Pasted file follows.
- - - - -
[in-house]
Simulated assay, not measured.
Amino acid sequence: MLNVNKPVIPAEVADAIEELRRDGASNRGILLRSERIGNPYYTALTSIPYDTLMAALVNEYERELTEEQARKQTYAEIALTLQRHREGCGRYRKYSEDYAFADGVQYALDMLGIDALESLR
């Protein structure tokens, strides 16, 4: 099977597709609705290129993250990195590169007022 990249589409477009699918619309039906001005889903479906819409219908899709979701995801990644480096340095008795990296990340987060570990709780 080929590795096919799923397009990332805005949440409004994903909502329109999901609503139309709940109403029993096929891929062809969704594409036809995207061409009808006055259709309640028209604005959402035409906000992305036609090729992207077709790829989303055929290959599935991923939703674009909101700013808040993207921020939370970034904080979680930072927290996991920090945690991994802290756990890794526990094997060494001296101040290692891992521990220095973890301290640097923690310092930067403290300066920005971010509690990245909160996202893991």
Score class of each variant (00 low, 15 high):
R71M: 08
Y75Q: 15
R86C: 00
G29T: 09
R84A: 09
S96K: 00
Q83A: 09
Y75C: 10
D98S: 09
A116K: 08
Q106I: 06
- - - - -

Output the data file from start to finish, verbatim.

[in-house]
Simulated assay, not measured.
Amino acid sequence: MLNVNKPVIPAEVADAIEELRRDGASNRGILLRSERIGNPYYTALTSIPYDTLMAALVNEYERELTEEQARKQTYAEIALTLQRHREGCGRYRKYSEDYAFADGVQYALDMLGIDALESLR
């Protein structure tokens, strides 16, 4: 099977597709609705290129993250990195590169007022 990249589409477009699918619309039906001005889903479906819409219908899709979701995801990644480096340095008795990296990340987060570990709780 080929590795096919799923397009990332805005949440409004994903909502329109999901609503139309709940109403029993096929891929062809969704594409036809995207061409009808006055259709309640028209604005959402035409906000992305036609090729992207077709790829989303055929290959599935991923939703674009909101700013808040993207921020939370970034904080979680930072927290996991920090945690991994802290756990890794526990094997060494001296101040290692891992521990220095973890301290640097923690310092930067403290300066920005971010509690990245909160996202893991």
Score class of each variant (00 low, 15 high):
R71M: 08
Y75Q: 15
R86C: 00
G29T: 09
R84A: 09
S96K: 00
Q83A: 09
Y75C: 10
D98S: 09
A116K: 08
Q106I: 06